In recent days, the Government has seemed at the mercy of events: as bereft as a stand-up comedian who has forgotten how to deliver his lines in front of an audience that will no longer buy his act. It has even looked as if this could be the beginning of the end for the Blair Government, if only there were an Opposition leader who could begin to be effective.
But this is not how they see things in Downing Street. Although Tony Blair knows that he is now in a fight, he has lost neither his nerve nor his will to win. Indeed, he is already planning the counter-attack, and it is a bold plan. When Mr Blair told his party that "we are at our best when at our boldest'', he appeared to be making a moral claim. But this latest exercise has nothing to do with morals and everything to do with effrontery. Tony Blair is planning to exploit the departure of Alastair Campbell, his director of communications and strategy, to strengthen his own position.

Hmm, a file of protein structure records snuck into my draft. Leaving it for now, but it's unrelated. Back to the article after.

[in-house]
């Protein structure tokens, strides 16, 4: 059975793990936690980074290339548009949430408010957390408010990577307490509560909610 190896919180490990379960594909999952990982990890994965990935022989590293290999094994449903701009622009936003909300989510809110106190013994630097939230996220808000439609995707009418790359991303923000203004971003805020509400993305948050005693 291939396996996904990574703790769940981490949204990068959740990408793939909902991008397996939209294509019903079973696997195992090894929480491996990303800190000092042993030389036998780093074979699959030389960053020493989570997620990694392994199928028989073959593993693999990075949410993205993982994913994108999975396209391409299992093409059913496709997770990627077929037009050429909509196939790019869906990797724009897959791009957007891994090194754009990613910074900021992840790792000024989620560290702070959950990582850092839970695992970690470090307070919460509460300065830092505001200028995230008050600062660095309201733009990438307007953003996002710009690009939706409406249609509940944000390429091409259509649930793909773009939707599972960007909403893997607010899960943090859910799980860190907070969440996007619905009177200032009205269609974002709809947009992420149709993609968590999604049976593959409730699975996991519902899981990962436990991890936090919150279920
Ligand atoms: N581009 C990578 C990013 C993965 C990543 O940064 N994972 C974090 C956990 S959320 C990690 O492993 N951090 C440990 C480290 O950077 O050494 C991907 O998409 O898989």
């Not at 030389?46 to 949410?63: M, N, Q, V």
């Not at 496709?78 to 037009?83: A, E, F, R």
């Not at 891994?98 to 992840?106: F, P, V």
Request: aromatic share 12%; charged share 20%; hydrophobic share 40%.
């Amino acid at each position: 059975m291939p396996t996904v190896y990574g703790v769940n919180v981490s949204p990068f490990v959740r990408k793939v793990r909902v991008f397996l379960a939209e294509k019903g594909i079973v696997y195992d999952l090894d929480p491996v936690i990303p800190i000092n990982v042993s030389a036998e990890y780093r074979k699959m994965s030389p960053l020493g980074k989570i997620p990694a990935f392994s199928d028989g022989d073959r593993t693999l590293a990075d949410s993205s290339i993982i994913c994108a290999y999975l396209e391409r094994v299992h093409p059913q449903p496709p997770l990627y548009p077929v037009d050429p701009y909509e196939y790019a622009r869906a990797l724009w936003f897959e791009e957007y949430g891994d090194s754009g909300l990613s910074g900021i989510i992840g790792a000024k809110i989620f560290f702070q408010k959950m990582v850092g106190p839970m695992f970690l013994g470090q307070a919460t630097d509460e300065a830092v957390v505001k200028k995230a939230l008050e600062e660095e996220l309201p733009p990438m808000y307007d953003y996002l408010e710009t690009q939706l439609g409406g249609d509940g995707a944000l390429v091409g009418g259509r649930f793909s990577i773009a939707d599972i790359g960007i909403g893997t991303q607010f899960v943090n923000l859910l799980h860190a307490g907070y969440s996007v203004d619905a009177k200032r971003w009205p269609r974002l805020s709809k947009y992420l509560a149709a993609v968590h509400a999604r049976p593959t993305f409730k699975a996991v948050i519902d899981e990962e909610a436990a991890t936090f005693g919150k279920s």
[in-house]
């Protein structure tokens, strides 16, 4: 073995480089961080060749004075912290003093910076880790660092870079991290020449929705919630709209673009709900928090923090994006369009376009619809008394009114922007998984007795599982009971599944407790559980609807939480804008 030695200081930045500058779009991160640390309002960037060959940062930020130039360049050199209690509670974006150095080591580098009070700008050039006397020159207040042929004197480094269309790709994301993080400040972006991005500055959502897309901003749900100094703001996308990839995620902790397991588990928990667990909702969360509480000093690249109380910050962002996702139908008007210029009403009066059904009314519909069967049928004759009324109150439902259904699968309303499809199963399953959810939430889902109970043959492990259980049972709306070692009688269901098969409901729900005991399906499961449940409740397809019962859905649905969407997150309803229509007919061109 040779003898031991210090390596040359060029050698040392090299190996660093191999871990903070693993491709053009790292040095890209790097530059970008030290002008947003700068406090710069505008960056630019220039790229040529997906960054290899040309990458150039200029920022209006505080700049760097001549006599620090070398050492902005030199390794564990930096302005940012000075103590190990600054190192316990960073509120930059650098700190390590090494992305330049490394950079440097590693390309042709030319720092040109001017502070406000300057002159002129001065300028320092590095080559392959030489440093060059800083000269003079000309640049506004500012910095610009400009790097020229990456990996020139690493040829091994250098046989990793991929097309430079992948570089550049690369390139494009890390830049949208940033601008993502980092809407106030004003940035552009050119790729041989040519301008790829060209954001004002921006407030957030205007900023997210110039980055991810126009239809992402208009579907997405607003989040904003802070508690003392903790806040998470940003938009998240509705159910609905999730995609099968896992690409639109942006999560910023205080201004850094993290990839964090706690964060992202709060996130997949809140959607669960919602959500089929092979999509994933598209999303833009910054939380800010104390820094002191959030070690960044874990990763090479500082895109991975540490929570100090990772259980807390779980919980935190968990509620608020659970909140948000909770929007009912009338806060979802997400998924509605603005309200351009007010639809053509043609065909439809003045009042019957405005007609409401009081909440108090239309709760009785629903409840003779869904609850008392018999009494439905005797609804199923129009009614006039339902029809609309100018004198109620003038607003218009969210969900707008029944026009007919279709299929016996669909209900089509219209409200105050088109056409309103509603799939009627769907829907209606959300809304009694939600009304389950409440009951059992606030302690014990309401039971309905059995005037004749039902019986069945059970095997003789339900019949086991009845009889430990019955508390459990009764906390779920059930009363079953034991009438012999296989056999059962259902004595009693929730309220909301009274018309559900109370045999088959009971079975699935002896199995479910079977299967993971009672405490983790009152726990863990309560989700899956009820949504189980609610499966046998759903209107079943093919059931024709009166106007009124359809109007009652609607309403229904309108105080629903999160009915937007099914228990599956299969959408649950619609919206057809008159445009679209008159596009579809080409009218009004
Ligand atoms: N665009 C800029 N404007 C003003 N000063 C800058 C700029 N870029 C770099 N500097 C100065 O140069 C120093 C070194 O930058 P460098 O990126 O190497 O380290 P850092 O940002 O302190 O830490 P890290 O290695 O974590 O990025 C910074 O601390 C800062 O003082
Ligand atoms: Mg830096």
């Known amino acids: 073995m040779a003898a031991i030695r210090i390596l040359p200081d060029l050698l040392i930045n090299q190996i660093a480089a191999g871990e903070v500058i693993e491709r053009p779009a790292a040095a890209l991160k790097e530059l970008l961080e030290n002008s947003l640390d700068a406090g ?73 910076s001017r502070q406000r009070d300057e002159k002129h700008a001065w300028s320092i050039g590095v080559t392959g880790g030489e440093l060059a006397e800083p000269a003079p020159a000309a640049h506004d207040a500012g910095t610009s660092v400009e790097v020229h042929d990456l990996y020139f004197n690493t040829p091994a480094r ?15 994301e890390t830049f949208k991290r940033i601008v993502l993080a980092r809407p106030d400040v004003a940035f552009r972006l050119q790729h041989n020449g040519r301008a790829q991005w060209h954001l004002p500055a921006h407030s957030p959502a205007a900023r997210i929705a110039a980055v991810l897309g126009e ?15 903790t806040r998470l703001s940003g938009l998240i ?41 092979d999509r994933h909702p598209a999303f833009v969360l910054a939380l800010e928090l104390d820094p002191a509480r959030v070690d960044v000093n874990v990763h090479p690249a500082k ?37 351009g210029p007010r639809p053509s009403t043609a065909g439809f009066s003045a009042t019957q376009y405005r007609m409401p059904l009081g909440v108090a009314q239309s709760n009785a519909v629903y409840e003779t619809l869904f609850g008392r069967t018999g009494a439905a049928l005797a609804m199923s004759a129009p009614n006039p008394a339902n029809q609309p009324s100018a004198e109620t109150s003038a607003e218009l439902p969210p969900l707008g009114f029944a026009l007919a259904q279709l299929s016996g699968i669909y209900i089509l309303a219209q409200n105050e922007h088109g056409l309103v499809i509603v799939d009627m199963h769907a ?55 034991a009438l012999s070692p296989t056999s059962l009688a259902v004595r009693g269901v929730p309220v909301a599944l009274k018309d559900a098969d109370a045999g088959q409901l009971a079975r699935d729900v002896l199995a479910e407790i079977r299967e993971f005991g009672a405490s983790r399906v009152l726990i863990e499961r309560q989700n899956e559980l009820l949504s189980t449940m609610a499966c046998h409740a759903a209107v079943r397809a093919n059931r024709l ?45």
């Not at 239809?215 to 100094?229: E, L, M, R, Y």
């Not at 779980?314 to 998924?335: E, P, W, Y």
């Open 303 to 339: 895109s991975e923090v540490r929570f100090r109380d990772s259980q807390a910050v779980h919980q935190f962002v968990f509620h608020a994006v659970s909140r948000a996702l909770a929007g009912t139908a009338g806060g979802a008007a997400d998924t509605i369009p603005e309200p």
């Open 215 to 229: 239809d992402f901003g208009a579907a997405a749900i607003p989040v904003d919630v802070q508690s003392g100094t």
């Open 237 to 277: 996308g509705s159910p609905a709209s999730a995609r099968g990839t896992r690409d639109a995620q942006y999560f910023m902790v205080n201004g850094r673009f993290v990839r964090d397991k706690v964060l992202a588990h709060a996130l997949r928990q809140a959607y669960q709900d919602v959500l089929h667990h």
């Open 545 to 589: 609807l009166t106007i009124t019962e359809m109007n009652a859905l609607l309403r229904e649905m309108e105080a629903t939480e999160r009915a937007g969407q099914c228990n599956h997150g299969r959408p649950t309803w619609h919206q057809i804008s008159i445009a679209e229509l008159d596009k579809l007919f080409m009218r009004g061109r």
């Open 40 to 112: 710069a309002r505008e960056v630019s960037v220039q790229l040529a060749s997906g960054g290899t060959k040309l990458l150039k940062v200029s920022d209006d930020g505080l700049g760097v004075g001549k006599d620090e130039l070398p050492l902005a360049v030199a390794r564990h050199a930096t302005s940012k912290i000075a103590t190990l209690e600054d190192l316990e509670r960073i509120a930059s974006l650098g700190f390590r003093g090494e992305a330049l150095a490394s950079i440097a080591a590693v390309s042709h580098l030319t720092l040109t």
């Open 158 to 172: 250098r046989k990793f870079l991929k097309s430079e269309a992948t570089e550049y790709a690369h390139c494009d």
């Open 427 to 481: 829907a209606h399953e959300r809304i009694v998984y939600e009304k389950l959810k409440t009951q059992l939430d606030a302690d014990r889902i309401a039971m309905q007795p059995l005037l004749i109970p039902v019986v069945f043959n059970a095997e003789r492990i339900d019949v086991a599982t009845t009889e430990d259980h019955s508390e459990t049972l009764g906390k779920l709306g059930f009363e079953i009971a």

On Saturday, we were told that after Mr Campbell had gone, Mr Blair would draw the line under recent events and present himself as a spin-free prime minister in charge of a spin-free government. This announcement came in a media report, and it is quite possible that Alastair Campbell himself organised it. Mr Campbell is sufficiently ruthless, cynical, sardonic and loyal to assist Mr Blair to profit from his departure. He would be happy to act as the sponge that had soaked up the poison and had to be thrown away - as long as he could leave a poison-free government behind him.
Peter Hain, the Leader of the House of Commons, yesterday launched the second phase of the new anti-spin offensive, in The Independent on Sunday. While criticising the media for their trivial approach to politics, he asserted that: "From Tony Blair and Gordon Brown through Alastair Campbell, this Government has been self-critical about our own tendency for 'spin' in our early years.''
Really. Mr Hain would presumably be able to substantiate that claim from the written record. Even so, any self-critical remarks had as much to do with self-criticism as the judge in the black cap who had just remarked "May God have mercy on your soul'' to the condemned man had to do with mercy.